God knows why but I have too many interests. So chances are that you and me have something in common. Let’s see… Patanjali? Chanakya? Romans? Vijaynagar? Shivaji? Renaissance? Vivekanand? Agatha Christie? Tagore? Hitchcock? S.D.Burman? Cary Grant? Satyajit Ray? Grace Kelly? Brucia la terra? Suchitra Sen? Roman Holiday? Vasantaro Deshpande? Robert de Niro? Malguena? Kishore Kumar? Osho? Hotel California? Smita Patil? Erich von Daniken? Pu La? GA? Andaz Apna Apna? Asha Bhosale? PVN Rao? … Watch this space, sooner or later you will something on similar topic



19 Responses to How to bluff and look scholar – an Aakar Patel case study

  1. Maya says:

    Interesting and informative….thank you !

  2. Balvvant singh Bisht says:

    This is exceptionally a good article. In the name of vote bank especially after independence people started praising Mugals. The same who killed raped and forcefully converted hindus. But the fact is we Hindus are only to blame as we never stood together not even today. So we need to get these facts clear and come together as a community then we will survive. Else some people like this Patel will snatch our history from us. Just as this A@@ H@@@ from where he get this version of history.

  3. Hi,
    Very well written article . A tight slap on Aakar Patel’s cheeks .Hope you go through my blog and share your thoughts
    http://thirdbattleofpanipatmaratha.blogspot.in/2015/12/marathas-protectors-of-our-nation.html

  4. Zen says:

    I think you have let your negativity get the better of you. It would have been better to repudiate his points with your facts.

    Most of the points were in general about Marathas and not specifically about BajiRao so you argument on the dates is incorrect. So is the point about Sikhs as like Marathas raiding Delhi which is quite clear if you read carefully.

    Aakar was making the point that Bajirao was primarily fighting for Marathas and not necessarily for Hindus. Yes he was an Hindu as were other kings and generals during that period.

    • 1. It’s very difficult to determine what Mr. Patel was trying to say in his piece – was he speaking about Bajirao or Maratha’s? Because Bajirao had political career of around 20 years, Maratha’s ruled for around 150 years. So you cannot substitute one for the other. If you want to speak about Maratha’s in general, then why pick selected incidents from long 150 year history? (unless you want to mislead the reader)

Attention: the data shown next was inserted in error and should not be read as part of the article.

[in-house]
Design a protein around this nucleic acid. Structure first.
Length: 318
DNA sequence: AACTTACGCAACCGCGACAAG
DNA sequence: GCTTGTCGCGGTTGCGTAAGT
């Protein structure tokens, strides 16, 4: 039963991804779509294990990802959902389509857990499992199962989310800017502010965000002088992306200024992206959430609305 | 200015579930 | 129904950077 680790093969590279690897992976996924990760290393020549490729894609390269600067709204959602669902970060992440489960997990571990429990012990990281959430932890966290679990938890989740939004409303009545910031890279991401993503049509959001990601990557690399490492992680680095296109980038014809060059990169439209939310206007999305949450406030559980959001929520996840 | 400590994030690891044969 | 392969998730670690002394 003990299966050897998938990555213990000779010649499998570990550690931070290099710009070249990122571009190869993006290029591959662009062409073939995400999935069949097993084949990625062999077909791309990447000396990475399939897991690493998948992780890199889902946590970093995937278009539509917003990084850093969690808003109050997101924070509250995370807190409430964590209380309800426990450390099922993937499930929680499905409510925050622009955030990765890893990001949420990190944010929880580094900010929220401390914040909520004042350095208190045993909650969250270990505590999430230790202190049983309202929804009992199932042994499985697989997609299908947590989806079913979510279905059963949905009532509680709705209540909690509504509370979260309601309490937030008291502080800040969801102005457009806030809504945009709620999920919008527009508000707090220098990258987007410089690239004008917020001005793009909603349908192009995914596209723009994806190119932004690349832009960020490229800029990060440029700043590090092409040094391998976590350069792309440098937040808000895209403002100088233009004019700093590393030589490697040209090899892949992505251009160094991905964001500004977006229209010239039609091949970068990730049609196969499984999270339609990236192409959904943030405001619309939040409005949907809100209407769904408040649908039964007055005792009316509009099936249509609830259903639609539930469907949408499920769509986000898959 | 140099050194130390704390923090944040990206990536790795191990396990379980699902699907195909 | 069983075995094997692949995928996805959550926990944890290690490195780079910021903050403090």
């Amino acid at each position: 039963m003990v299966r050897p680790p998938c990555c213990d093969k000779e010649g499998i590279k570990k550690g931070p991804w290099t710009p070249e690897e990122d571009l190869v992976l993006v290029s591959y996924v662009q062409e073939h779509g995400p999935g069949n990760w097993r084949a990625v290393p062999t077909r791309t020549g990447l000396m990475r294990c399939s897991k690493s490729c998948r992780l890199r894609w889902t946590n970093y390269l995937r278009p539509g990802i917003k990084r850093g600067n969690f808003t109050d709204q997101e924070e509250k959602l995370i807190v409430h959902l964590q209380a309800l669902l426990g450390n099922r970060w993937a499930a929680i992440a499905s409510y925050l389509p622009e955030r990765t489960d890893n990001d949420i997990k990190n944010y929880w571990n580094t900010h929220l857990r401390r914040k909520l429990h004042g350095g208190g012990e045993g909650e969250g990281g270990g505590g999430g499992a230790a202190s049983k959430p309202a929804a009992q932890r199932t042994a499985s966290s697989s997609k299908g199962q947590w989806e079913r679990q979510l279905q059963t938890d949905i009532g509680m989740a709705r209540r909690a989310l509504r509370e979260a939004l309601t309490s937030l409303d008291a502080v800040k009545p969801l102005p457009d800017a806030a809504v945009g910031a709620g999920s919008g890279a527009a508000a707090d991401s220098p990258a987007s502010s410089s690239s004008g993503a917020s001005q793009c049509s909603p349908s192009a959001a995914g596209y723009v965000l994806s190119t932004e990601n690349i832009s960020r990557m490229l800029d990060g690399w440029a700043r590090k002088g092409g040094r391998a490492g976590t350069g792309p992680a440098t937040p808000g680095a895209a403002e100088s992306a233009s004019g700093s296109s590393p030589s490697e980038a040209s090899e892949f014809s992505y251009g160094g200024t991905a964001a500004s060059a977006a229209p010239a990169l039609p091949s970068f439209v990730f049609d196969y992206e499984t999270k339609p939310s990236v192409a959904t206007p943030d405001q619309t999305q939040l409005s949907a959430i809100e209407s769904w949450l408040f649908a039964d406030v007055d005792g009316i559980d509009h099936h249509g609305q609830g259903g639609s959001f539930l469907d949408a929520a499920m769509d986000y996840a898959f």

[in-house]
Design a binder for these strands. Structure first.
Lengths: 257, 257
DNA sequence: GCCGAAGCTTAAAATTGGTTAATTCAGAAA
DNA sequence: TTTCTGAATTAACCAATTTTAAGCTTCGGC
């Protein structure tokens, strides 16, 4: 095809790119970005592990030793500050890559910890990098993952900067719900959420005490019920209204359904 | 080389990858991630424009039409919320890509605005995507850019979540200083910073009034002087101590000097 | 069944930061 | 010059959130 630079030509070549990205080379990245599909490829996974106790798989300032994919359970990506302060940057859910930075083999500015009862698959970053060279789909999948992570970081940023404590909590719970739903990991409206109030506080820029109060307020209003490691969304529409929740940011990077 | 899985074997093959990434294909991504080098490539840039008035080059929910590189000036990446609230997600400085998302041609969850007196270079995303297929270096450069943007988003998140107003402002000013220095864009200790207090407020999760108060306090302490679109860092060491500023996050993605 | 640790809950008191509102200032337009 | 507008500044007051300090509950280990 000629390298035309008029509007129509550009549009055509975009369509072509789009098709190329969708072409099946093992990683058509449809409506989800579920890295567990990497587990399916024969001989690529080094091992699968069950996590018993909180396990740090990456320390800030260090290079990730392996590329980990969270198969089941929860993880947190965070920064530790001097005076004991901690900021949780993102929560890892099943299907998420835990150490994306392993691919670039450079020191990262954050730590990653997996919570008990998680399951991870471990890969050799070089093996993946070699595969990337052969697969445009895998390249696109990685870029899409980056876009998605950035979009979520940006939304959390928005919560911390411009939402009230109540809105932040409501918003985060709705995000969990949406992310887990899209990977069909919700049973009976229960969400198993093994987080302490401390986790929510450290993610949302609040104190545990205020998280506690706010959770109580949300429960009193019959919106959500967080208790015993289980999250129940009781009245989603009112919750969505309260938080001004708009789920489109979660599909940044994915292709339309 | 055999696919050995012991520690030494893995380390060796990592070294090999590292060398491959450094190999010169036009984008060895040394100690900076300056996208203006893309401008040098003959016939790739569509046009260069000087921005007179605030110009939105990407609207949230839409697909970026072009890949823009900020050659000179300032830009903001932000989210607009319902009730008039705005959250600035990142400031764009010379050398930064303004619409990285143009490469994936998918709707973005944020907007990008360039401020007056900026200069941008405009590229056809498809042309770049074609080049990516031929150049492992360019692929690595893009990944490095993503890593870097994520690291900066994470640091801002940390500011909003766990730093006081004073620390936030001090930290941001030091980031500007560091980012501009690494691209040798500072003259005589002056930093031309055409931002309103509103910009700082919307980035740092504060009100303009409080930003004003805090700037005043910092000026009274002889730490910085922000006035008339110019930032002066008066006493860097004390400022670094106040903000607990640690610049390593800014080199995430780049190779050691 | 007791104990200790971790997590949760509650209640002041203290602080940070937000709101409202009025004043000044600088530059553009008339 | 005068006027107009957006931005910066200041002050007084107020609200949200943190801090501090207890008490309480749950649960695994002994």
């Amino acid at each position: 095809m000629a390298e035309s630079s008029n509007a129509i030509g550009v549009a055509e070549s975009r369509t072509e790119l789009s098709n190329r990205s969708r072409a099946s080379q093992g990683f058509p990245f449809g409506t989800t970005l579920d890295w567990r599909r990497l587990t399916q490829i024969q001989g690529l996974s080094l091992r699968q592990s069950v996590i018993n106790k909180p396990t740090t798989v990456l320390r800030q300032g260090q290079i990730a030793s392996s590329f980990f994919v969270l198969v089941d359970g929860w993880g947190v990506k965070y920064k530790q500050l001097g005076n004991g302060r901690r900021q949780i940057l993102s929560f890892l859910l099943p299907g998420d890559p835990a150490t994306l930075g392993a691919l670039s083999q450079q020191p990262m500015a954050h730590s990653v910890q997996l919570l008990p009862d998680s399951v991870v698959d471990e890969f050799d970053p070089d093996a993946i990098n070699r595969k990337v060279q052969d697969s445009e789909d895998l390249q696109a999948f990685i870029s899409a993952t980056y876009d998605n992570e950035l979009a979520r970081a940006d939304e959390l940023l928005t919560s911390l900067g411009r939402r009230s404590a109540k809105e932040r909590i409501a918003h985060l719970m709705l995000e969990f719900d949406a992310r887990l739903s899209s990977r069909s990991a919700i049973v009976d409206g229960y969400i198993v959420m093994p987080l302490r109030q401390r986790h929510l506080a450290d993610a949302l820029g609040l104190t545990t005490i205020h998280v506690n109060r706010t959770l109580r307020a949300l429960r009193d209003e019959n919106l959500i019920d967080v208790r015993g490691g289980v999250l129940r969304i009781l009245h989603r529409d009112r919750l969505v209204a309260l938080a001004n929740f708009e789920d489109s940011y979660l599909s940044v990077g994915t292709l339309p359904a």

2. If you notice, I deliberately kept my comments about the discrepancies in the facts he provided and not about the conclusion whatsoever he had in mind. Because I am strongly against is the “side effects” of this piece. The readers may or may not remember what point the writer was making, but they would carry wrong ideas from the so-called facts. Many people wrote back to me that had they not read this post, they would have carried a false impression. That’s a very dangerous precedent.

  5. Ravi Kumar jadhav says:

    Thanks for sharing ..I was annoyed with Mr Patel’s post but I didn’t want to write a history book to him ..your brief write up on history is awesome may be that should get Mr Patel out of lala land . People tend to forget history is for learning and getting educated , but sadly people like to judge current generation based on ancestry ..Mr Patel is no good than a bramhin in current time who studied wrong shlokas and performing last rights on graha shanti puja and not letting people of lower caste to enter his lala land temple

  6. Bheem says:

    The article is factually and historically incorrect to point one – there were many hindu kingdoms down in south even much before the reign of Shivaji

    • What I said was ‘since the fall of vijay nagar’…

      • Bheem says:

        well what about the kingdoms in Mysore, Madurai and many kingdoms in Keala – they were all Hindu. The fragmented Vijaynagar empire gave rise to some of these kingdoms but unfortunately the Marathas were sworn enemies of these southern Hindu Kingdoms as well like they were of the Rajputs in the North, especially of the Mysore kingdom which led to the rise of Haider Ali

        • Well.. its’ a matter of perspective. After sack of Vijaynager , many vessel states in south declared their independence from Vijaynagar. For that matter, even the Vijaynagar was functional somewhere in south (not sure of the place). So technically there were Hindu Kingdoms in very south, yes. But when I said “Shivaji was first Hindu King since fall of Vijaynagar”.. I meant about a Kingdom that would successfully defy the might of Mughals in North and Bahamani Kingdoms in Deccan.

          The incidents like Maratha’s engaging in problems with others in North and South happened much later… by then the political landscape of India had changed very much. And unfortunately there were no visionary statesmen (among Marathas or otherwise) who could keep all the factions together.

  7. Ashwin Satalkar says:

    Hello Sandeep..I am a historian by hobby n I have a good base on history! I thank u for posting this as I was planning on doing the same n couldn’t have done better!!

  8. Apurva Oka says:

    Fantastic ! I was planning to write something but I cant do it any better here. Perfect reply. कडक.

  9. Ajit Ranade says:

    Thanks Sandeep . Yes , did read the opinions of so called historian Mr. Patel . It seems he has formed his opinions by reading or studying Mr. Jadunath Sarkar the anti Marathi historian of all times. Well written

  10. Sneh Asnani says:

    Well written,.. I was not aware of my facts earlier.. I will add you to my blog lists.. your posts are informative..

  11. adsunsri says:

    You are very versatile with interests in Hiatory as well which is indeed commendable.
    A well researched and befitting letter to Patel I must say.

  12. Archana Kapoor says:

    Interesting…